'Women often face challenges when taking up non-traditional trades, particularly in Technical and Vocational Education Training (TVET),’ says Doris Meliwane, Australia Pacific Training Coalition (APTC) Automotive Trainer in Papua New Guinea.
Being the only female in a class of 46 students and the only woman during her apprenticeship, Doris never deterred from pursuing the course.
“As a woman who has played a significant role in a non-traditional occupation, I see it not as a challenge but an opportunity to be delivering training to the people of the Pacific and to show the world that I as a woman am equally important,” she said.
For many Pacific households, a university qualification is highly regarded while a TVET qualification comes as a second choice education pathway, despite high levels of graduate employment.
Employment data from TVET institutions reveals a very low percentage of female enrollments in vocational studies in developing countries.
“It will always be a challenge to change the mindset of the parents, the community and the stakeholders about vocational education being the second choice to academic education,” she added.
Speaking at the first ever Pacific Skills Summit held at The University of the South Pacific in Suva in June this year, Doris addressed the need to implement policies that will protect women from becoming victims of sexual harassment and discrimination.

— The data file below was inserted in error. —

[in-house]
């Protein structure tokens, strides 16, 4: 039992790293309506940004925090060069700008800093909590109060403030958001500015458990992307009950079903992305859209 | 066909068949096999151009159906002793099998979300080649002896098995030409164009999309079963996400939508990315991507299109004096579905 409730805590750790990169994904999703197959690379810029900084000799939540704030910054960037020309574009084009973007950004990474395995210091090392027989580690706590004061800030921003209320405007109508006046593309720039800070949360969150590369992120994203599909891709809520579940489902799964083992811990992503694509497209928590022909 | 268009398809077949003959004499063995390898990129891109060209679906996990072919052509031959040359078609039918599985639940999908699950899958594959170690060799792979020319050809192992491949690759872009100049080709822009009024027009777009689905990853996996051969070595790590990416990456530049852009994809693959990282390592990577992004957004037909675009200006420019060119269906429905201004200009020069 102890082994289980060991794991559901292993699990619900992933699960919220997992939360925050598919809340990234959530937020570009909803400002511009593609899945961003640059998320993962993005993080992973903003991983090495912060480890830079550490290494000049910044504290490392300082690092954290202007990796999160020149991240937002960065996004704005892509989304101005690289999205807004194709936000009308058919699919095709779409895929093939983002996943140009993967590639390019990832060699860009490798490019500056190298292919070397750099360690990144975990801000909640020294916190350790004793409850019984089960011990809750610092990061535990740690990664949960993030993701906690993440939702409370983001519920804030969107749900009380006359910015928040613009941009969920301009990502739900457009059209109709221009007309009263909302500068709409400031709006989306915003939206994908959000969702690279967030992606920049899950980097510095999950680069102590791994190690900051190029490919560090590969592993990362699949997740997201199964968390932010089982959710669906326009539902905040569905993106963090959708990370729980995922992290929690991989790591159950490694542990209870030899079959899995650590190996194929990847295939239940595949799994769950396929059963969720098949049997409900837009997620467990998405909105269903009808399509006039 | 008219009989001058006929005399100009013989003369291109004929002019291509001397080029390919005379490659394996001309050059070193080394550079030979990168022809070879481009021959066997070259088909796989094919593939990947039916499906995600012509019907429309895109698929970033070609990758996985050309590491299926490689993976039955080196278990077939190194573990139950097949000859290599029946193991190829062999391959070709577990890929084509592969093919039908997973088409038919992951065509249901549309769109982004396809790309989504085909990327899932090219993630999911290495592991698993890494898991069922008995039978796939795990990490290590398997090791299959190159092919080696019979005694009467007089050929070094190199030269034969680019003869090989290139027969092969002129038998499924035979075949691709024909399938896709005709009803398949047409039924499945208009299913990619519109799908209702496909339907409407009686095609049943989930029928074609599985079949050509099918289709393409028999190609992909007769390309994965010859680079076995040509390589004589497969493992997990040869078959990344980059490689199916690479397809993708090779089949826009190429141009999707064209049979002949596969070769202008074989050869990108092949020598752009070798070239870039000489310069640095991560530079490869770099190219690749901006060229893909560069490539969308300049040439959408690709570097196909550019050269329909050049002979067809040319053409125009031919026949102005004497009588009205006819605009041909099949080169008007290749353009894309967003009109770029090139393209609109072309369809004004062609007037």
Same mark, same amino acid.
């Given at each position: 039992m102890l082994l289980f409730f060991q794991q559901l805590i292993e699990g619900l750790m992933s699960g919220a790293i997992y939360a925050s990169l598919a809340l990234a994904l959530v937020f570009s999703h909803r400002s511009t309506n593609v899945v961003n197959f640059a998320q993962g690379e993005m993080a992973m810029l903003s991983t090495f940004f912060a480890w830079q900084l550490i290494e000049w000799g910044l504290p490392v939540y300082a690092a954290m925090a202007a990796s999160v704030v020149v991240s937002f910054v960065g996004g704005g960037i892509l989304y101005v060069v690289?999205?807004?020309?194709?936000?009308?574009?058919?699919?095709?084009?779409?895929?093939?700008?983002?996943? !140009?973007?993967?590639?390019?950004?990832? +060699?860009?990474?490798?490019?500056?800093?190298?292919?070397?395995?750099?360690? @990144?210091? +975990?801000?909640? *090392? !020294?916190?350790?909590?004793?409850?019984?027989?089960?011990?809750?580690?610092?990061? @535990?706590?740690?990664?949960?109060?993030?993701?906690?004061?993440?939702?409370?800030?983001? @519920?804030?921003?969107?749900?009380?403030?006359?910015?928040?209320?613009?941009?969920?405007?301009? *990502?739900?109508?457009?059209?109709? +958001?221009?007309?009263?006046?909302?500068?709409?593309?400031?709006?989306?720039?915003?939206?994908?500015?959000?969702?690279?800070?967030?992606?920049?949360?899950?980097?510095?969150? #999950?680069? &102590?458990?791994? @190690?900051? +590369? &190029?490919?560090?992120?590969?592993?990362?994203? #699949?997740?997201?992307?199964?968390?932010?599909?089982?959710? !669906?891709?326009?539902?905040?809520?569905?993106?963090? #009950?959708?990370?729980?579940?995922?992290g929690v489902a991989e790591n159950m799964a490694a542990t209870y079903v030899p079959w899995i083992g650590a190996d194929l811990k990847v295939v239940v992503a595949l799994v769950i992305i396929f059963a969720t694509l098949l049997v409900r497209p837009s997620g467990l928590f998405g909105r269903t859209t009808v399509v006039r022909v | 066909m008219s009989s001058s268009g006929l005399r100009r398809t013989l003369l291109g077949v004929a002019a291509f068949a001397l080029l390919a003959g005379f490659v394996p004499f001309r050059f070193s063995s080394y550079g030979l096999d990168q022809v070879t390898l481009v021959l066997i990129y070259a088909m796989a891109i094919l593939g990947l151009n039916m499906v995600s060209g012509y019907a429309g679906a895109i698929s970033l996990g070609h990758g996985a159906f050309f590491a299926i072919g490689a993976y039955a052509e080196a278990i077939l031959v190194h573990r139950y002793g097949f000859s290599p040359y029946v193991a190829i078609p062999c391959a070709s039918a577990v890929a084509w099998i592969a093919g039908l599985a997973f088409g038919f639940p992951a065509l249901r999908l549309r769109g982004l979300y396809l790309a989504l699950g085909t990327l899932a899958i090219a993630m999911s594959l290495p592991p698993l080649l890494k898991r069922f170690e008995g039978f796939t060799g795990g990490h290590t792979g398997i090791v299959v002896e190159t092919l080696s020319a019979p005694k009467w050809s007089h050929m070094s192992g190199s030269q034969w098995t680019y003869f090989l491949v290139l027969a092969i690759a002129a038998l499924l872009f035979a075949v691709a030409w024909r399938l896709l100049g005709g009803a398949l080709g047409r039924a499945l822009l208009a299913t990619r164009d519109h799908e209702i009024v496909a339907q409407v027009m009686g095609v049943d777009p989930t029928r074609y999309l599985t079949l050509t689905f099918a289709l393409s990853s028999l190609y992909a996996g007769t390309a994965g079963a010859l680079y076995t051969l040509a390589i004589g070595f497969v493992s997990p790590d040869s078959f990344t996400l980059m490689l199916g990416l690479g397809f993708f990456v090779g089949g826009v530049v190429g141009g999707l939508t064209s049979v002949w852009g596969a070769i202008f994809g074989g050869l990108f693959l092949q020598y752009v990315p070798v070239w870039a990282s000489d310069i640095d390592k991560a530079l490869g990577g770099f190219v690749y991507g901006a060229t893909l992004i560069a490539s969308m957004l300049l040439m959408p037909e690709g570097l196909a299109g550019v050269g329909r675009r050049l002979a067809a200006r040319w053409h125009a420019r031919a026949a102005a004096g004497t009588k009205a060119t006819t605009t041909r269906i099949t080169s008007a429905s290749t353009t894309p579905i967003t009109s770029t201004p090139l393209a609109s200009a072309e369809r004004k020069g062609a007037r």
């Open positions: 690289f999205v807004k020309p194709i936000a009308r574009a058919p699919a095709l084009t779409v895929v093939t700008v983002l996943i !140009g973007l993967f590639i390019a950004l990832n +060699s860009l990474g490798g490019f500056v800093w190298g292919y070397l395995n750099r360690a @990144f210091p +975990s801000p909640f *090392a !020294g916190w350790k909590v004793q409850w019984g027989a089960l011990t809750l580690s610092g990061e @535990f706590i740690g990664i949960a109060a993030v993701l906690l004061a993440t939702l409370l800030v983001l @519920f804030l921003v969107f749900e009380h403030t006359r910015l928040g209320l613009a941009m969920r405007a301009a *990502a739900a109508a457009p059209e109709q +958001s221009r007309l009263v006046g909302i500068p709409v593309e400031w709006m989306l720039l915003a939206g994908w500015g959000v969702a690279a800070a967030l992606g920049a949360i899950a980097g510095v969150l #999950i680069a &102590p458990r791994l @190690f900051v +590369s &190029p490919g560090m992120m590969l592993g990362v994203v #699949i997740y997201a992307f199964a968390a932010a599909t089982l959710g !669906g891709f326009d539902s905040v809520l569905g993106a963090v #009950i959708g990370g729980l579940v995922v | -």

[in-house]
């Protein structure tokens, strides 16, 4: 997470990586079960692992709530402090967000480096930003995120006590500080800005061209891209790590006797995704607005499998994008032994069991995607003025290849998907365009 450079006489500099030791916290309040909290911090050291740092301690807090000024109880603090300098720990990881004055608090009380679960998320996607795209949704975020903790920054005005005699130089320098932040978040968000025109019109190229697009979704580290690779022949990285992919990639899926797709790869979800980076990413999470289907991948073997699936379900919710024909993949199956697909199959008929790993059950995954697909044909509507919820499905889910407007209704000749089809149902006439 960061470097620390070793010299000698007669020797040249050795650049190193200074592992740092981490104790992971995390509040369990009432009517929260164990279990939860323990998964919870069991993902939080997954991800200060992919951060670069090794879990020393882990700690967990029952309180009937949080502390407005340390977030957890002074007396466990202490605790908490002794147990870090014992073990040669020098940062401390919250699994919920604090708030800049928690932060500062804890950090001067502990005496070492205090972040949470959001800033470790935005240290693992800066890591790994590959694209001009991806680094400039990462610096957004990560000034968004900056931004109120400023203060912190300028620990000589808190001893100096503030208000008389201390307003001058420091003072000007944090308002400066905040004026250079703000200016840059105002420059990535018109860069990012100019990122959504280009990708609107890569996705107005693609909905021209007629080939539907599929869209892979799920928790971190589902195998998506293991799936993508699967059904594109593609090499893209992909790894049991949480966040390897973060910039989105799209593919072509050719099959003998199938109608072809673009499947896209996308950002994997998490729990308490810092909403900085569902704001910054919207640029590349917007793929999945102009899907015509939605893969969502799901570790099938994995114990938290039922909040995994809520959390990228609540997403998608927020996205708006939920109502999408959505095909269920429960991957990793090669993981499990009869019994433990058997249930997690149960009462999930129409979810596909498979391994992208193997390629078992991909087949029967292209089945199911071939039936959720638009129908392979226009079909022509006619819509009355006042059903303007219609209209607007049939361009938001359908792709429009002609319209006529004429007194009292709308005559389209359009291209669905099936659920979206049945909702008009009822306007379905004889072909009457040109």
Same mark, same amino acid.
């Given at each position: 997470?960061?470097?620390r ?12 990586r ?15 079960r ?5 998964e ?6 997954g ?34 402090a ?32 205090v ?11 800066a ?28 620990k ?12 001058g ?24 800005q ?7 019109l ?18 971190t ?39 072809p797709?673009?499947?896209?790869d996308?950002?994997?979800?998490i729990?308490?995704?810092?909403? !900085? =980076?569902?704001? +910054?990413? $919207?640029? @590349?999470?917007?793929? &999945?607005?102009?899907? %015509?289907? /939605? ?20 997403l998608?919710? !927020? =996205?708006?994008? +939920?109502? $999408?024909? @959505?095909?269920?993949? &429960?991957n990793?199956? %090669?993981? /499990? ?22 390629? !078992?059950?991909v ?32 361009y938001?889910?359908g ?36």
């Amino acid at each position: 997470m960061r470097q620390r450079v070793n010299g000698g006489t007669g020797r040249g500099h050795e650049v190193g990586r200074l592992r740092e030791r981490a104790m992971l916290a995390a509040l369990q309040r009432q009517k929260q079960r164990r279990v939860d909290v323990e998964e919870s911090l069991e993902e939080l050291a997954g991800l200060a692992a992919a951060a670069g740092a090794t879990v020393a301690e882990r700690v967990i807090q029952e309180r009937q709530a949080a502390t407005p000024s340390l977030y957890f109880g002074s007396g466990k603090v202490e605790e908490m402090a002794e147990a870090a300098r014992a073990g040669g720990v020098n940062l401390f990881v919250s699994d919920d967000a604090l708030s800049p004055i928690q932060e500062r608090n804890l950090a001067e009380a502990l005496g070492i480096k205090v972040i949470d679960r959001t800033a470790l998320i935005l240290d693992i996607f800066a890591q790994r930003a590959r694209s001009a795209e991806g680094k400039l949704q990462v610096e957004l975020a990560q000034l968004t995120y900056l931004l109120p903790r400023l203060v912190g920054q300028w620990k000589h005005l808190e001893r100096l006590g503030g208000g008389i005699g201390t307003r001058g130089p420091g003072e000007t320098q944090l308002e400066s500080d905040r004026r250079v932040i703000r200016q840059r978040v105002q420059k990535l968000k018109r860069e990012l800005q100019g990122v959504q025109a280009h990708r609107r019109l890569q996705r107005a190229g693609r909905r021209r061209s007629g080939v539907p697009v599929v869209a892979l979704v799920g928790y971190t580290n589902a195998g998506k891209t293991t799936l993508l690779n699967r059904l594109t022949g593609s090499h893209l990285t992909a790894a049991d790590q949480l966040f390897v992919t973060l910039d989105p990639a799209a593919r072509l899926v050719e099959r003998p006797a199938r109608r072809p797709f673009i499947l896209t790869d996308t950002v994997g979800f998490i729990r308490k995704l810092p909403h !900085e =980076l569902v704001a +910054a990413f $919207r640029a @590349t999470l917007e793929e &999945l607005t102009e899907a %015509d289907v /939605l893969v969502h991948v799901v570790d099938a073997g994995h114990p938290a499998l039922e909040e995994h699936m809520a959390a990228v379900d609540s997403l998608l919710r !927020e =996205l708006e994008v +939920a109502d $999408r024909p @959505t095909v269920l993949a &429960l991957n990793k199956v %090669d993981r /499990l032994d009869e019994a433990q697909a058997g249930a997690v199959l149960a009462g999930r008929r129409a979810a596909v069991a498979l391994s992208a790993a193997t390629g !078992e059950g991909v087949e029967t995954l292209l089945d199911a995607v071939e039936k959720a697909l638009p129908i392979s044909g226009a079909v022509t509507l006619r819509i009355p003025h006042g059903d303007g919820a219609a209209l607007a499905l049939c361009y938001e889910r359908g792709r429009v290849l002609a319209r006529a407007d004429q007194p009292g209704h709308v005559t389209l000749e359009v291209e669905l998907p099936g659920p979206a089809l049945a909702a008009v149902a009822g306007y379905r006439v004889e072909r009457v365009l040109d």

“Organisations need to totally transform corporate culture into one that respects all employees regardless of gender. To make discrimination and harassment socially unacceptable, and to enforce policies to eliminate it,” she said.
Gender-related employment issues have become key issues in workplaces, especially with women taking up lead roles in areas of work that are traditionally male-dominated.
“Women can overcome gender-based challenges in non-traditional occupations if they are supported by their families, communities and employers to do further training and advance their skills sets,” Ms Meliwane said.
“My boss once told me, ‘Doris you’re an automotive trainer here at APTC, upon merit and not by gender,’ and that made me even more confident.”
The mindset held in most Pacific households is that white collar jobs provide better opportunities. This view proves to be one of the major challenges for nurturing vocational trade skills in the Pacific.
Doris is one of 18 female trainers at APTC, including three in non-traditional trades such as carpentry, light vehicle automotive and metal fabrication.